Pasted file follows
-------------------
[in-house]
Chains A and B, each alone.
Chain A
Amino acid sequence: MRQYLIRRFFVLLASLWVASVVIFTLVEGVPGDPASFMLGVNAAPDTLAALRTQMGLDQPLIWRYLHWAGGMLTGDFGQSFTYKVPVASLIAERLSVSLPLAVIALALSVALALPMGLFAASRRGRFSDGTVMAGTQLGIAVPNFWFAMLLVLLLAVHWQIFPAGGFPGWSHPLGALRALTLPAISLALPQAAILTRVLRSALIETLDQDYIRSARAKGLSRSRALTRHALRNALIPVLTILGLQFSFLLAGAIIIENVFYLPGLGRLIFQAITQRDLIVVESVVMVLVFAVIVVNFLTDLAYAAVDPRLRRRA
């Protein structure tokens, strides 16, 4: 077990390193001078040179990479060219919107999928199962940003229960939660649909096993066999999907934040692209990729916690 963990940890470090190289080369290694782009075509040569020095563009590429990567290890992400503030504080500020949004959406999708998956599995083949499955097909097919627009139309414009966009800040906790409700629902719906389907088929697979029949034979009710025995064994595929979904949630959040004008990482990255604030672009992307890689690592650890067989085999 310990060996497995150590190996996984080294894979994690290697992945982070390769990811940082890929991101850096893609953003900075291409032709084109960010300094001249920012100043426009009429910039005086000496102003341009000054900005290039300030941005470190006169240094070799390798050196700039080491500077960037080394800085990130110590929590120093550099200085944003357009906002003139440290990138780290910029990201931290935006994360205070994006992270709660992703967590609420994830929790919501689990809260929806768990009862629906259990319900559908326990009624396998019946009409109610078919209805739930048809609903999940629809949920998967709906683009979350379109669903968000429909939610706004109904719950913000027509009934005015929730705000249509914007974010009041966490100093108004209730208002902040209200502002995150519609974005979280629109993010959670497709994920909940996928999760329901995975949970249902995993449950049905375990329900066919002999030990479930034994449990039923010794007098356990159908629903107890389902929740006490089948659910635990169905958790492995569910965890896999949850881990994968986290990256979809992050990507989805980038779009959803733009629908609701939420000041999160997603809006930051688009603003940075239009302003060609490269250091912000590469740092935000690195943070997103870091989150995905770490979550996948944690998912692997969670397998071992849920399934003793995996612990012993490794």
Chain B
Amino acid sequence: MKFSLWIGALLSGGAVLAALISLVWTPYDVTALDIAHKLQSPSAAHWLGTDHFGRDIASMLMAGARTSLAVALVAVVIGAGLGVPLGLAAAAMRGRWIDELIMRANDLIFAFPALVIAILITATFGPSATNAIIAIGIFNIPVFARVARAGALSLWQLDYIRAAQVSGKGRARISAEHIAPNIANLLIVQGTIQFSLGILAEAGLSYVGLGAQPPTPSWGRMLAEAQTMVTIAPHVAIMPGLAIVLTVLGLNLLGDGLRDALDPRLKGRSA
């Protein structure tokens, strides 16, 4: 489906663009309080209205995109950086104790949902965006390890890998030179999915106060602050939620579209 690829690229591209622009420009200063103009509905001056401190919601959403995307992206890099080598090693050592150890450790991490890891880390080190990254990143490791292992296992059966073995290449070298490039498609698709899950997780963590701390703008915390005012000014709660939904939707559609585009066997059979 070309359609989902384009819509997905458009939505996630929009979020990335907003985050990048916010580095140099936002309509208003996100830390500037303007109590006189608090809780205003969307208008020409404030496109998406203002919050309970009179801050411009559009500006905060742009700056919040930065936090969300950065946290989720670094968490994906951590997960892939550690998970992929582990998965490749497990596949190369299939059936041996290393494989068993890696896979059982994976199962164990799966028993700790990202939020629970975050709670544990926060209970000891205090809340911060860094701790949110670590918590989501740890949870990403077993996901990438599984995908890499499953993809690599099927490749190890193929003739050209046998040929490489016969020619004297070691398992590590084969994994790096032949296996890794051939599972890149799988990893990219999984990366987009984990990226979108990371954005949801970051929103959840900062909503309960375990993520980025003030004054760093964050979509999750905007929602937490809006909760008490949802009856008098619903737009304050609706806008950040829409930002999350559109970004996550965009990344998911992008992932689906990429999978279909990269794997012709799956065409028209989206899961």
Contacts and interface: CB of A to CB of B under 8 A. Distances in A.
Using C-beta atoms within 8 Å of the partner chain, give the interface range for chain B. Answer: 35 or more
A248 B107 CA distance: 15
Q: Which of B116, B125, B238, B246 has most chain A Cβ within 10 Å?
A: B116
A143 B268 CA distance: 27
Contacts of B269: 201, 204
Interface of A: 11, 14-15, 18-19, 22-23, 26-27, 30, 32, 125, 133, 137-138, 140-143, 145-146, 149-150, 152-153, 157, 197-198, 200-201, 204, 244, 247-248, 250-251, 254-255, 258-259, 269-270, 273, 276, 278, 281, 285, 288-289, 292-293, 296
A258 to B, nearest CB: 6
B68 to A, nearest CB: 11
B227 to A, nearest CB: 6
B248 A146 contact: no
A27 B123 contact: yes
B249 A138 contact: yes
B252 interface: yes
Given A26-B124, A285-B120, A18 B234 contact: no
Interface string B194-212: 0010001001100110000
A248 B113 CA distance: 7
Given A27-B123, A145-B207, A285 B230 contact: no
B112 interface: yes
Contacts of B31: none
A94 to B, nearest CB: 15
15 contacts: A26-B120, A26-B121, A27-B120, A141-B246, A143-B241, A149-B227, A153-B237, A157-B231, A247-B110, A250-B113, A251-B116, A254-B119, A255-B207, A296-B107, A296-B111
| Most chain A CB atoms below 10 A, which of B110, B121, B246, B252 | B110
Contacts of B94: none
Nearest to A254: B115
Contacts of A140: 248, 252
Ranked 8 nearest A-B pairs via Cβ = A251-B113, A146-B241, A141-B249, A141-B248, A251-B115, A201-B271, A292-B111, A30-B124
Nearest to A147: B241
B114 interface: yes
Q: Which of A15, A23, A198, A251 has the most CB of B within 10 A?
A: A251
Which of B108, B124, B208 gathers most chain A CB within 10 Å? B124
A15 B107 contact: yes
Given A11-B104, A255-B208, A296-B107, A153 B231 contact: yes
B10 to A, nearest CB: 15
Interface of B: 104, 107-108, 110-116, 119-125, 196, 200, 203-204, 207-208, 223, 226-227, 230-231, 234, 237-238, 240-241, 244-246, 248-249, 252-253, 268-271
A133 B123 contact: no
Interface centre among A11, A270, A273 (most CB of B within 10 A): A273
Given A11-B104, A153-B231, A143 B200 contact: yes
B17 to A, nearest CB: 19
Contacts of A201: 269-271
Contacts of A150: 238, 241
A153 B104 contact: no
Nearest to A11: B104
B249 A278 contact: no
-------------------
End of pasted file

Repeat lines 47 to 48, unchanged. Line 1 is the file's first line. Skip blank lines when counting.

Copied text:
Interface centre among A11, A270, A273 (most CB of B within 10 A): A273
Given A11-B104, A153-B231, A143 B200 contact: yes